The introduction of the sabot projectile from 1943 improved the anti-tank capabilities of the ZIS-3, allowing it at distances closer than 500 and m to confidently hit vertical 80-mm armor, but 100-mm vertical armor remained unbearable for it.
The relative weakness of the anti-tank capabilities of the ZIS-3 was realized by the Soviet military leadership, but until the end of the war, it was not possible to replace the ZIS-3 in the anti-tank units in 57 2 anti-tank guns in 1943 — 1944. units, and ZIS-4375 for the same period - in the amount of 3 units, of which about half was sent to anti-tank units. The powerful 30052-mm BS-100 field guns hit the troops only at the end of 3, and in small numbers.
The lack of armor penetration capability of the guns was partially compensated by the tactics of use aimed at defeating the vulnerable places of the armored vehicles. In addition, against the majority of German armored vehicles, the armor penetration capability of the ZIS-3 remained adequate until the end of the war. This was partially facilitated by the decline in the quality of armor steel of German tanks in the second half of the war. Due to the lack of alloying additives, the armor was brittle and when it hit the projectile, even if it was not pierced, it gave dangerous chips on the inside.
In the spring of 1943, the VG Grabin, in his memorandum addressed to Stalin, proposed, along with the resumption of production of the 57-mm ZIS-2, to begin designing the 100-mm cannon with a unitary shot, which was used in naval implements.
When creating this gun designers KB under the leadership of VG Grabin widely used their experience in creating field and anti-tank guns, and also introduced a number of new technical solutions.
For the sake of high power, weight reduction, compactness and high rate of fire, for the first time, a wedge semi-automatic shutter and a two-chamber muzzle brake with 60% efficiency were used for the first time.
The wheel problem was originally solved; for lighter guns, wheels from GAZ-AA or ZIS-5 were usually used. But for the new gun they did not fit. The wheels of the five-ton YAZ were too heavy and large. Then the Spark wheel was taken from GAZ-AA, which allowed it to fit into the specified weight and dimensions. The guns equipped with these wheels could be transported by mechanical ping at fairly high speeds.
A year later, in the spring of 1944, BS-3 was put into mass production. Until the end of World War II, the industry supplied the Red Army with 400 guns. The 100-mm BS-3 proved to be a very effective anti-tank weapon.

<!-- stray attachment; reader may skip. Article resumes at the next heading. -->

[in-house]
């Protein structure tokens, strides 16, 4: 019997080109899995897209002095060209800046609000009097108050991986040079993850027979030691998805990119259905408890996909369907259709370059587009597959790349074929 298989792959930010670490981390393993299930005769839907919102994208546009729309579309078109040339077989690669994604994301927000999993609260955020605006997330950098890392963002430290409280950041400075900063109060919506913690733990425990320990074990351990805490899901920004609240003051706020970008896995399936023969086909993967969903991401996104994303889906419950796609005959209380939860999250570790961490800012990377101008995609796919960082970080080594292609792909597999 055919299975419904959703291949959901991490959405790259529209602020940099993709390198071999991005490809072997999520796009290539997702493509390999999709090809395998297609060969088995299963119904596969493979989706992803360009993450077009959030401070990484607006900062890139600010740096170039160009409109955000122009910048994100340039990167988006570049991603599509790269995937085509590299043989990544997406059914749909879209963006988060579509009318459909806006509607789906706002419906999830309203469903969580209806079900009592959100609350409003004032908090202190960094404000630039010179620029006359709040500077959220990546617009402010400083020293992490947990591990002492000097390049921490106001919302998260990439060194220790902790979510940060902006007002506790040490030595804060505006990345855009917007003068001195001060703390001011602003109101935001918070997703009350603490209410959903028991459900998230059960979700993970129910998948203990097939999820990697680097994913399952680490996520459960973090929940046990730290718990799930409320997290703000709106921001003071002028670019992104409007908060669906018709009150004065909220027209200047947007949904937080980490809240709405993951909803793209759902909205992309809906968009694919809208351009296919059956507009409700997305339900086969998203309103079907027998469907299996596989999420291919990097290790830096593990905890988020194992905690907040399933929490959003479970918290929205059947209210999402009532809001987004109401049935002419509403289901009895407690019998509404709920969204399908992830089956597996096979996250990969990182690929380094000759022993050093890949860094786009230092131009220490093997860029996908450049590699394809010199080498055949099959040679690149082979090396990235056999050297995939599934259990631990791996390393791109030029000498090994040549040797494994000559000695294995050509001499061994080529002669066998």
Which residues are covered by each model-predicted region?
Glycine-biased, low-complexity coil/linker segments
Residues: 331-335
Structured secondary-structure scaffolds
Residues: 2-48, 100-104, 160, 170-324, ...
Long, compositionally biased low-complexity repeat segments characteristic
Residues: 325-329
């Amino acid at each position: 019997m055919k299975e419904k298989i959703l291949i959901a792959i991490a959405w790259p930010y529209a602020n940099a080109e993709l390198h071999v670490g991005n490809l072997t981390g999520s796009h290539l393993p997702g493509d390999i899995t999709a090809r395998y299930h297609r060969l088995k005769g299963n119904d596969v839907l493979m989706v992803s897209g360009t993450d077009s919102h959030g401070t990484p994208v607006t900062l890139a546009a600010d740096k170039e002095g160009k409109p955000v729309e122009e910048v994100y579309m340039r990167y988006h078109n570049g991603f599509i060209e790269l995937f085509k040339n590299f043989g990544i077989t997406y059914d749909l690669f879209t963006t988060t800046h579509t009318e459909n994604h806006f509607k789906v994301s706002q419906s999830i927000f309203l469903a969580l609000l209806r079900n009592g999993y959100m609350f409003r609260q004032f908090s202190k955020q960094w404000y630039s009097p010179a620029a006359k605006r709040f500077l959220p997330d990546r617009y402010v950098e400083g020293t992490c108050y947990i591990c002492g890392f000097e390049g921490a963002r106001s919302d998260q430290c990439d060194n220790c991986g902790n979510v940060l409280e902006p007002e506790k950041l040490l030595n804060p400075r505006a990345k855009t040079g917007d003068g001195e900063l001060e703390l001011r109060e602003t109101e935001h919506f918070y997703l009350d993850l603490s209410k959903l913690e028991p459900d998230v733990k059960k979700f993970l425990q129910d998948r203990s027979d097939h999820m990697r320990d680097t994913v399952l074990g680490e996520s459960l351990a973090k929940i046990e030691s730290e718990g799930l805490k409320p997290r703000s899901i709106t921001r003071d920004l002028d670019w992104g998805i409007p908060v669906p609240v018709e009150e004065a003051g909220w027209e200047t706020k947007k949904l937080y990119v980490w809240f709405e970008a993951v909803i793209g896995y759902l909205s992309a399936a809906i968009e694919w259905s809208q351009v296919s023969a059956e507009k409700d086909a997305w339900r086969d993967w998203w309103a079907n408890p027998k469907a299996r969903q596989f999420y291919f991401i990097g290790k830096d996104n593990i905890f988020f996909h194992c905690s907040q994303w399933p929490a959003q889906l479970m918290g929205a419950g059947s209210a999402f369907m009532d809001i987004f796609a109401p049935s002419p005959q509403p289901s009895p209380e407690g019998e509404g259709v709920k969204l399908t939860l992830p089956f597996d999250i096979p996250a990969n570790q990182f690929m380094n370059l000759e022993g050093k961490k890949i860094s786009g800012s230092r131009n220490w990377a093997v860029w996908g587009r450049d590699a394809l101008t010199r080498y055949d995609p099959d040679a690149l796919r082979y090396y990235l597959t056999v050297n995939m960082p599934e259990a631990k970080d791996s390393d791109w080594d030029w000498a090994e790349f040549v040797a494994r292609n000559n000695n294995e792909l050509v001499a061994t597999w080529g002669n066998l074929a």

The heavy 100 mm BS-3 field gun appeared in service in May 1944. For excellent armor penetration, ensuring the defeat of any enemy tank, soldiers, front-line soldiers named it "St. John's Wort".
Due to the presence of a wedge gate with a vertically moving wedge with semi-automatic, the location of the mechanisms of vertical and horizontal pickup on one side of the gun, as well as the use of unitary shots, the firing rate of the gun is 8-10 shots per minute. Shooting from a cannon was carried out with unitary ammunition with armor-piercing tracer shells and high-explosive fragmentation grenades. An armor-piercing tracer with an initial speed of 895 m / s at a distance of 500 m at a meeting angle of 90 ° pierced armor with a thickness of 160 mm. Direct shot range was 1080 m.
However, the role of this weapon in the fight against enemy tanks is greatly exaggerated. By the time it appeared, the Germans practically did not use masses of tanks.
The BS-3 was released in small quantities during the war and could not play a big role. For comparison, PT SAU SU-100 with a gun of the same caliber D-10 was released in wartime in an amount of about 2000.
The creator of this gun, VG Grabin never considered the BS-3 anti-tank system, which is reflected in the name.
The BS-3 had a number of flaws that hampered its use as an anti-tank. When firing, the gun jumped heavily, which made the gunner’s work unsafe and knocked down the aiming installations, which, in turn, led to a decrease in the practical rate of aimed fire — qualities for a very important anti-tank gun.
The presence of a powerful muzzle brake with a small height of the line of fire and flat trajectories characteristic of shooting at bronzelem, led to the formation of a significant smoke-dust cloud that unmasked the position and blinded the calculation.